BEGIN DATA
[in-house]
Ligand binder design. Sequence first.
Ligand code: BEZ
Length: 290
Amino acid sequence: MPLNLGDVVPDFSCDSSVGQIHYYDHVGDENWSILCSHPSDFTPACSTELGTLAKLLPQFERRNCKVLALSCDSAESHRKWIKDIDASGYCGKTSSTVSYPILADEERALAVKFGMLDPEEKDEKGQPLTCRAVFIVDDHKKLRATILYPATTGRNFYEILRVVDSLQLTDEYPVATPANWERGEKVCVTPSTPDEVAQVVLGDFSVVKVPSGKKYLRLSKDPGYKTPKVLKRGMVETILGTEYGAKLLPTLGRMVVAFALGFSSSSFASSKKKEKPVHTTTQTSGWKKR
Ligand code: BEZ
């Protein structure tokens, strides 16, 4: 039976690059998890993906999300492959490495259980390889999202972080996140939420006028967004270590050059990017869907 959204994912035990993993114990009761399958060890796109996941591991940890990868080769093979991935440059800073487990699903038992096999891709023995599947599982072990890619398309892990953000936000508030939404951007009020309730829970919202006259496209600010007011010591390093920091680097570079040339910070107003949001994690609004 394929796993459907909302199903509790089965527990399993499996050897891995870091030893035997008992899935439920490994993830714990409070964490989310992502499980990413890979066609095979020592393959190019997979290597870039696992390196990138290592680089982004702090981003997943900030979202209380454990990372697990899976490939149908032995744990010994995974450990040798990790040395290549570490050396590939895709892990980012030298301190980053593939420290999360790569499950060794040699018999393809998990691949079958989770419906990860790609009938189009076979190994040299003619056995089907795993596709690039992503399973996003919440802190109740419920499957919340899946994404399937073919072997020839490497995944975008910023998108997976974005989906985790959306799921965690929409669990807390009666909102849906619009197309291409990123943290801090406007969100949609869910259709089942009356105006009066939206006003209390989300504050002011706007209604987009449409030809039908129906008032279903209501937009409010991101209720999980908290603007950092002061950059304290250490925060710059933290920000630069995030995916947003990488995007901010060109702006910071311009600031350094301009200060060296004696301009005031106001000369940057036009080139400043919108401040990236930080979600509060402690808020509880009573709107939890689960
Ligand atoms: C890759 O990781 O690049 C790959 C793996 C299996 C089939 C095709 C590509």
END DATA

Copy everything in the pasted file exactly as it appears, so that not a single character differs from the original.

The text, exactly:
[in-house]
Ligand binder design. Sequence first.
Ligand code: BEZ
Length: 290
Amino acid sequence: MPLNLGDVVPDFSCDSSVGQIHYYDHVGDENWSILCSHPSDFTPACSTELGTLAKLLPQFERRNCKVLALSCDSAESHRKWIKDIDASGYCGKTSSTVSYPILADEERALAVKFGMLDPEEKDEKGQPLTCRAVFIVDDHKKLRATILYPATTGRNFYEILRVVDSLQLTDEYPVATPANWERGEKVCVTPSTPDEVAQVVLGDFSVVKVPSGKKYLRLSKDPGYKTPKVLKRGMVETILGTEYGAKLLPTLGRMVVAFALGFSSSSFASSKKKEKPVHTTTQTSGWKKR
Ligand code: BEZ
């Protein structure tokens, strides 16, 4: 039976690059998890993906999300492959490495259980390889999202972080996140939420006028967004270590050059990017869907 959204994912035990993993114990009761399958060890796109996941591991940890990868080769093979991935440059800073487990699903038992096999891709023995599947599982072990890619398309892990953000936000508030939404951007009020309730829970919202006259496209600010007011010591390093920091680097570079040339910070107003949001994690609004 394929796993459907909302199903509790089965527990399993499996050897891995870091030893035997008992899935439920490994993830714990409070964490989310992502499980990413890979066609095979020592393959190019997979290597870039696992390196990138290592680089982004702090981003997943900030979202209380454990990372697990899976490939149908032995744990010994995974450990040798990790040395290549570490050396590939895709892990980012030298301190980053593939420290999360790569499950060794040699018999393809998990691949079958989770419906990860790609009938189009076979190994040299003619056995089907795993596709690039992503399973996003919440802190109740419920499957919340899946994404399937073919072997020839490497995944975008910023998108997976974005989906985790959306799921965690929409669990807390009666909102849906619009197309291409990123943290801090406007969100949609869910259709089942009356105006009066939206006003209390989300504050002011706007209604987009449409030809039908129906008032279903209501937009409010991101209720999980908290603007950092002061950059304290250490925060710059933290920000630069995030995916947003990488995007901010060109702006910071311009600031350094301009200060060296004696301009005031106001000369940057036009080139400043919108401040990236930080979600509060402690808020509880009573709107939890689960
Ligand atoms: C890759 O990781 O690049 C790959 C793996 C299996 C089939 C095709 C590509």